Multinodular and Vacuolating Neuronal Tumor (MVNT) has been included in the last World Health Organization Classification of Tumors of the Central Nervous System (WHO - 2016) as a unique cytoarchitectural pattern of gangliocytoma [4]. Recent studies have discovered specific immunomarkers that classifies these lesions as a new neoplasm group. MVNTs have been found negative for KIAA1549- BRAF fusions and abnormalities involving IDH1 or IDH2, ATRX, TP53, TERT, CIC, FUBP1, PRKCA, CDKN2A, and FGFR1, but MVNTs have been shown to harbor clonal MAPK pathway-activating genetic abnormalities including MAP2K1 exon 2 mutations, non-V600E BRAF mutations and FGFR2 fusions. It has been proposed that they should now be considered as a distinct tumor type and that it could be placed within the section covering "Neuronal and mixed neuronal-glial tumors” as a WHO grade I lesion. This opinion is supported by the observation that MVNTs harbor clonal genetic alterations, which favors a neoplastic rather than malformative origin [6,7].

Conventional MRI is the primary imaging modality for the diagnosis of MVNT and reveals highly characteristic imaging features. CT scans are usually normal without evidence of calcification or mass effect. MR scans shows a unique pattern of multiple, variably sized (usually small) discrete and coalescent nodules along the inner cortical ribbon and subcortical white matter. The nodules are isointense with gray matter on T1WI, hyperintense on T2/FLAIR and on T2 gradient-echo/SWI. Gadolinium enhancement, restricted diffusion, diffuse infiltration or mass effects are typically absent [1-7].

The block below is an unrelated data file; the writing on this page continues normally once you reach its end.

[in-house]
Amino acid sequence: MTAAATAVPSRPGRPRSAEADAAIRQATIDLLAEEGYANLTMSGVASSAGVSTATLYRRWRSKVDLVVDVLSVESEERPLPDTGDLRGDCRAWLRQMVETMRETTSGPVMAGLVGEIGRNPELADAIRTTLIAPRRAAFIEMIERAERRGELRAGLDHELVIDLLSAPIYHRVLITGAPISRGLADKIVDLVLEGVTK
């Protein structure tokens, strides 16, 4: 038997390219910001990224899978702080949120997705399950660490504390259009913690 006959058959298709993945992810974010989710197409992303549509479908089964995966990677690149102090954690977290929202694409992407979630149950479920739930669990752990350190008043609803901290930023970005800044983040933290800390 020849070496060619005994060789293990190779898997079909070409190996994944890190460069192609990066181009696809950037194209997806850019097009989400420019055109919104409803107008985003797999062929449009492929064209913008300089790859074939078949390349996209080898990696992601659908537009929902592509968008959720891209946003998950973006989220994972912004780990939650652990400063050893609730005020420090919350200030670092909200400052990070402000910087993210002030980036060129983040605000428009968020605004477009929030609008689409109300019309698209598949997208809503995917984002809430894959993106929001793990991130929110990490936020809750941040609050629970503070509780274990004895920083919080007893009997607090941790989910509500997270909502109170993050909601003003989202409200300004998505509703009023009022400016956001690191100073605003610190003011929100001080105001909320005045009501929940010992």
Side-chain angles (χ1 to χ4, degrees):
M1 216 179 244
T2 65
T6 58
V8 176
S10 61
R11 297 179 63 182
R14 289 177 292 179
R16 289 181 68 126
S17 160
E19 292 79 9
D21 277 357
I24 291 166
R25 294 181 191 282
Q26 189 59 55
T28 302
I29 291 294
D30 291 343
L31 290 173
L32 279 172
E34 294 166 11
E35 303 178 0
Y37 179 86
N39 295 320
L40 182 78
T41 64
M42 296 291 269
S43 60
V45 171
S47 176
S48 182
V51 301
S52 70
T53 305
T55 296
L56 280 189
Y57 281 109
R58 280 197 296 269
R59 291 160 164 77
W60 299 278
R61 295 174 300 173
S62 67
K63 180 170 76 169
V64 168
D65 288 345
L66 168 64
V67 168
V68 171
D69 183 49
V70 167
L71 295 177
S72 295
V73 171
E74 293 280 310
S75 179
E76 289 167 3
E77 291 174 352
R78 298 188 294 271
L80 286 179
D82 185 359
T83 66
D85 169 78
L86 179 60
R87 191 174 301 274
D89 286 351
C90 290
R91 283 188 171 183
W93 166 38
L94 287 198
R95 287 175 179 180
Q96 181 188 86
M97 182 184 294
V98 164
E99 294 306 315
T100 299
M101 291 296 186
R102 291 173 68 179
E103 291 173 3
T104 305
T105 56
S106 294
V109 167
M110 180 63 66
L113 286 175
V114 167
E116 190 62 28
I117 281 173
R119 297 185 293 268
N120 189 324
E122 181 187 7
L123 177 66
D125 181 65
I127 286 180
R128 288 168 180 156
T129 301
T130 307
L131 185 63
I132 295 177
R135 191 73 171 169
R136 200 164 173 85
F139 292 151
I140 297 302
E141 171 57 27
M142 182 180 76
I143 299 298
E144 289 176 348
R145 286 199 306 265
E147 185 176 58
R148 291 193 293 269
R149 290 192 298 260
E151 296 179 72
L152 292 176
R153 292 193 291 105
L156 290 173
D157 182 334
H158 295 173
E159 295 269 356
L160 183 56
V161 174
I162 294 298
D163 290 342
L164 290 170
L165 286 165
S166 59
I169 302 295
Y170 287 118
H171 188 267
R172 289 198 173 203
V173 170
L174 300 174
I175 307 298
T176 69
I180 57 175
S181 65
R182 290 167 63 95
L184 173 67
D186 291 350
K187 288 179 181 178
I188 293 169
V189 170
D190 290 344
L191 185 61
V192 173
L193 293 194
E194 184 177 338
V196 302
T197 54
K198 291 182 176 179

Deep cerebral involvements in MNVTs are not common. Until last year, MVNT in the deep brain has not been found in the literature. This year, Turner et al described MNVT in a 5-years-old boy involving the right basal ganglia and posterior limb of right internal capsule, extending inferiorly to the anterior commissure and right hippocampus [8].

In our case, we present a presumed MVNT that exhibit a remarkably rare similar pattern of imaging findings within an extremally rare location, involving the deep white matter, bilateral basal ganglia, fornix, pellucid septum, corpus callosum, thalamus extending to anterior commissure, with left mammillary body atrophy and ipsilateral tapering fornix due to left transaxonal degeneration of limbic system [9]. Lesion showed increased diffusivity, that suggests lack of mitotic activity and diminished cellularity of the nodules compared to adjacent white matter. Perfusion imaging including was normal and MR spectroscopy showed mild increase of Cho and mild reduction of NAA, in concordance with other studies [10]. We followed for 5 years this presumed MVNTs that exhibit a remarkably similar pattern of imaging findings without any interval change.

Conclusion

The extremally benign biological behavior of these tumors and the typical imaging features may be sufficient for the diagnosis of this condition, not requiring histological confirmation by biopsy. Therefore, the clinical and imaging stability combined with the deep localization of the lesion observed in our patient were enough to presume the final diagnosis, not requiring the histological examination.

References